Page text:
Spiritual Formation V: The Critical Journey, pt. 4

Posted: May 15, 2013 in Discipleship, Spiritual Formation, Spiritual Growth
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The Critical Journey: Stages in the Life of Faith, by Janet Hagberg and Robert Guelich. Salem, WI: Sheffield Publishing Co. 2004. 268 pp.

Instead of a traditional book review of The Critical Journey, I wanted to share a personal life journey, structurally connected to this book. I would strongly encourage you to get and read the book, but perhaps sharing my own journey will resonate with you in your own growth. Drs. Hagberg and Guelich talk about 6 stages in the journey of spiritual development. My review went pretty long, so I divided it up into sections. Numbers in parentheses refer to page numbers from the second edition.

Spiritual Formation II: The Critical Journey, part 1

Spiritual Formation II: The Critical Journey, part 2

Spiritual Formation III: The Wall

Stage 5 The Journey Outward

I think this is my home stage now. The characteristics of this stage on pages 133-141 seem to describe what I am experiencing now. “We are aware of our faults and have a fresh desire to be in God’s will rather than our own.” (133) “We sense a looser grip on ourselves and a willingness to be conduits for God’s work in our lives and others’ lives.” (133) I have a “renewed sense of God’s acceptance,” (134) and I think some of the people in our church see me as a “weaker” leader than before. However, I honestly don’t care. Not that I don’t care about them – I care more than before – but I don’t really mind if they think I am weaker. Hagberg refers to this on page 135, but expands on it in 138-140. I actually am surprised lately that, although I am still busy, I don’t feel frustrated when someone asks for help. Such requests used to anger me – I wasn’t being productive then. Now, I honestly don’t mind saying – sure, I’ll help. Even writing that sounds proud, though. Oh, well. It’s the way it is, now.

Stage 6 The Life of Love

Although stages five and six are very similar, I haven’t lost that sense of “self.” On page 152, that selflessness is mentioned as one of the primary characteristics of stage six. I’m not there, at least not yet. I also don’t think I have “God’s overflowing love,” (155) yet. I think maybe I’m beginning to understand what that might look like, but I’m not in a hurry to get there. I don’t think it’s because of fear of losing myself, or because of pride – although it might be. I think it is more because right now, at stage five, I am content, and patient with God leading me on.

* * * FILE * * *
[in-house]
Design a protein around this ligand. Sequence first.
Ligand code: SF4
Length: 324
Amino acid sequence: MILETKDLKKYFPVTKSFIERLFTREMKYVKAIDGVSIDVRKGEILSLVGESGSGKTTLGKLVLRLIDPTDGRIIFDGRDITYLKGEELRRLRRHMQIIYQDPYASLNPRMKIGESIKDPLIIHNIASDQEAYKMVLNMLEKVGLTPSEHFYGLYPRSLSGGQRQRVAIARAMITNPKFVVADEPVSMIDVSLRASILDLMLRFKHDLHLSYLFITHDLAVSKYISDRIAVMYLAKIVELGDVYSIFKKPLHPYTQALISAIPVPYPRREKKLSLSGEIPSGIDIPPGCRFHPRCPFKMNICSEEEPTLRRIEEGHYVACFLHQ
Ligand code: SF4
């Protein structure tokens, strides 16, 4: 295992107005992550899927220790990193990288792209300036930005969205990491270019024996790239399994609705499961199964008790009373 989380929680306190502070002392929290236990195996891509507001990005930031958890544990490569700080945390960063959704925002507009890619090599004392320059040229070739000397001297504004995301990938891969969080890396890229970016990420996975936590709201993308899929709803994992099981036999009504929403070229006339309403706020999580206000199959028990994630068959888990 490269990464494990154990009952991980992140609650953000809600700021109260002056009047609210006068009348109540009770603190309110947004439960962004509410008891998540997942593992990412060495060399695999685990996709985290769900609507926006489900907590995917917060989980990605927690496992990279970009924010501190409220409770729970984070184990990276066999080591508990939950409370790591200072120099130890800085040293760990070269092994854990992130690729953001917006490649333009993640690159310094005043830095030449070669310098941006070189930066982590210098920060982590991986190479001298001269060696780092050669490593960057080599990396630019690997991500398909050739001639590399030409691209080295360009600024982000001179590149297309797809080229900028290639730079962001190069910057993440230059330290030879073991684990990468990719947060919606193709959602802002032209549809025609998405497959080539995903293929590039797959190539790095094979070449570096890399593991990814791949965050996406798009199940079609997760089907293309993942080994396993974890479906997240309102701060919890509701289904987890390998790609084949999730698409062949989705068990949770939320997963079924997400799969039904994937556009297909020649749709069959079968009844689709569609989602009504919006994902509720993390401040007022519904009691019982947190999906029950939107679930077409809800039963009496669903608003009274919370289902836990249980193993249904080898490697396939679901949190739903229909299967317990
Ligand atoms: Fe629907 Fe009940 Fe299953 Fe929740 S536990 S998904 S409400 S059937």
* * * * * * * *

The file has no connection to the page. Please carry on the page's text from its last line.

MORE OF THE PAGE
Biblical Self-Image

My self-image has gone through a number of growth areas. Although at one time, it was based on unbiblical values, I think it is now more based on what I believe God sees. For some time, the fact that I finished school early, and was able to accomplish certain things, made me think I was better somehow than other people. However, I seldom was as diligent or committed, just naturally gifted. Now, though, although I think I am more committed and diligent than I used to be, it doesn’t necessarily equate with more activity and busyness. I’m more content to spend time with God, or just to sit and think. I do still need to work through the area of connecting my self-image with what others think of me. I have seen growth, but I still fall into the trap of feeling bad about myself when I get criticized.

Relationship with the Church

Although there have been disappointments over the years, I don’t think my relationship with the church is unhealthy, or discouraging. I didn’t really connect our crisis with my mentor with the church, nor did the way in which our local church was castigated by other local churches in America make me think less highly of the church in general. Local churches are people – beautiful, wart-filled images of God.

Personal Relationships

I can see a number of ways I have grown, but still many areas where I need to grow. In my marriage, I am definitely more selfless than I once was – but there is still a lot of room for growth! There was a time when I would avoid helping my wife with her tasks. My rationale was that I was busy, too, and that was her job. This year, though, I had an opportunity to serve her, when she couldn’t do most of those things. I was able to, willingly, but I couldn’t honestly say I long for the next chance! 🙂

 

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